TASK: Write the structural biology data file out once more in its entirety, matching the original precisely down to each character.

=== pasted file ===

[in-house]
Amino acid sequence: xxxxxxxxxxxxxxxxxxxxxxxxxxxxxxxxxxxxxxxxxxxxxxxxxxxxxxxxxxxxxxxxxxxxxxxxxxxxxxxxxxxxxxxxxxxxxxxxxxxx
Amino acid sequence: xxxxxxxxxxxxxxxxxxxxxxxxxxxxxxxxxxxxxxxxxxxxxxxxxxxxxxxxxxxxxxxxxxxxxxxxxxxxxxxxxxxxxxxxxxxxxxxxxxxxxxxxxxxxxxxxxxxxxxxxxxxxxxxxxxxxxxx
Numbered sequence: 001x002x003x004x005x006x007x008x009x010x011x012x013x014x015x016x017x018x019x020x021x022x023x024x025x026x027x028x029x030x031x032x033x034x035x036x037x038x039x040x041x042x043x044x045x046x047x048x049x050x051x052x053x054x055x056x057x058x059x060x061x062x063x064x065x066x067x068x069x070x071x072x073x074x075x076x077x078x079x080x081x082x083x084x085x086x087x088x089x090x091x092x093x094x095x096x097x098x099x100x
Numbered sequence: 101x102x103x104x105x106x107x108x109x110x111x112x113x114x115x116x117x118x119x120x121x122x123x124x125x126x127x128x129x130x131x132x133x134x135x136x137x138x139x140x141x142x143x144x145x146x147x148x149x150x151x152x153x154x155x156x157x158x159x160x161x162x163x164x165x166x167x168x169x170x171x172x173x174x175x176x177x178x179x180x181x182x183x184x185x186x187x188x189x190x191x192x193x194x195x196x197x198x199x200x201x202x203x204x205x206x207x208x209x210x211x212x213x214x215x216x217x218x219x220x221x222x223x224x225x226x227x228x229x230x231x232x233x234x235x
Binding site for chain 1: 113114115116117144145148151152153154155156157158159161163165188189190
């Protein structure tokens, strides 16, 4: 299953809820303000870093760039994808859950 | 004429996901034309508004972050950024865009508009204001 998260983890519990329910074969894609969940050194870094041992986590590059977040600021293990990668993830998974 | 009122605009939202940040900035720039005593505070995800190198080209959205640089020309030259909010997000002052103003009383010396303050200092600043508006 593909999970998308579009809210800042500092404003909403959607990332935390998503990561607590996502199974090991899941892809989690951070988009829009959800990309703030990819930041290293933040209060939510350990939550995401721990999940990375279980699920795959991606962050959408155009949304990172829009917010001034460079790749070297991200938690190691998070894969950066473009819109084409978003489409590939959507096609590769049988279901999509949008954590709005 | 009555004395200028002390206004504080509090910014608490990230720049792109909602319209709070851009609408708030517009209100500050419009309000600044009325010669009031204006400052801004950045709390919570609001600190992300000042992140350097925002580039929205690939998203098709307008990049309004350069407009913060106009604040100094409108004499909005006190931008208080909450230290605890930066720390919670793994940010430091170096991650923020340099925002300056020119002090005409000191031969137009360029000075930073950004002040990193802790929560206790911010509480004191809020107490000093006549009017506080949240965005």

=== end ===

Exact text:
[in-house]
Amino acid sequence: xxxxxxxxxxxxxxxxxxxxxxxxxxxxxxxxxxxxxxxxxxxxxxxxxxxxxxxxxxxxxxxxxxxxxxxxxxxxxxxxxxxxxxxxxxxxxxxxxxxx
Amino acid sequence: xxxxxxxxxxxxxxxxxxxxxxxxxxxxxxxxxxxxxxxxxxxxxxxxxxxxxxxxxxxxxxxxxxxxxxxxxxxxxxxxxxxxxxxxxxxxxxxxxxxxxxxxxxxxxxxxxxxxxxxxxxxxxxxxxxxxxxx
Numbered sequence: 001x002x003x004x005x006x007x008x009x010x011x012x013x014x015x016x017x018x019x020x021x022x023x024x025x026x027x028x029x030x031x032x033x034x035x036x037x038x039x040x041x042x043x044x045x046x047x048x049x050x051x052x053x054x055x056x057x058x059x060x061x062x063x064x065x066x067x068x069x070x071x072x073x074x075x076x077x078x079x080x081x082x083x084x085x086x087x088x089x090x091x092x093x094x095x096x097x098x099x100x
Numbered sequence: 101x102x103x104x105x106x107x108x109x110x111x112x113x114x115x116x117x118x119x120x121x122x123x124x125x126x127x128x129x130x131x132x133x134x135x136x137x138x139x140x141x142x143x144x145x146x147x148x149x150x151x152x153x154x155x156x157x158x159x160x161x162x163x164x165x166x167x168x169x170x171x172x173x174x175x176x177x178x179x180x181x182x183x184x185x186x187x188x189x190x191x192x193x194x195x196x197x198x199x200x201x202x203x204x205x206x207x208x209x210x211x212x213x214x215x216x217x218x219x220x221x222x223x224x225x226x227x228x229x230x231x232x233x234x235x
Binding site for chain 1: 113114115116117144145148151152153154155156157158159161163165188189190
């Protein structure tokens, strides 16, 4: 299953809820303000870093760039994808859950 | 004429996901034309508004972050950024865009508009204001 998260983890519990329910074969894609969940050194870094041992986590590059977040600021293990990668993830998974 | 009122605009939202940040900035720039005593505070995800190198080209959205640089020309030259909010997000002052103003009383010396303050200092600043508006 593909999970998308579009809210800042500092404003909403959607990332935390998503990561607590996502199974090991899941892809989690951070988009829009959800990309703030990819930041290293933040209060939510350990939550995401721990999940990375279980699920795959991606962050959408155009949304990172829009917010001034460079790749070297991200938690190691998070894969950066473009819109084409978003489409590939959507096609590769049988279901999509949008954590709005 | 009555004395200028002390206004504080509090910014608490990230720049792109909602319209709070851009609408708030517009209100500050419009309000600044009325010669009031204006400052801004950045709390919570609001600190992300000042992140350097925002580039929205690939998203098709307008990049309004350069407009913060106009604040100094409108004499909005006190931008208080909450230290605890930066720390919670793994940010430091170096991650923020340099925002300056020119002090005409000191031969137009360029000075930073950004002040990193802790929560206790911010509480004191809020107490000093006549009017506080949240965005």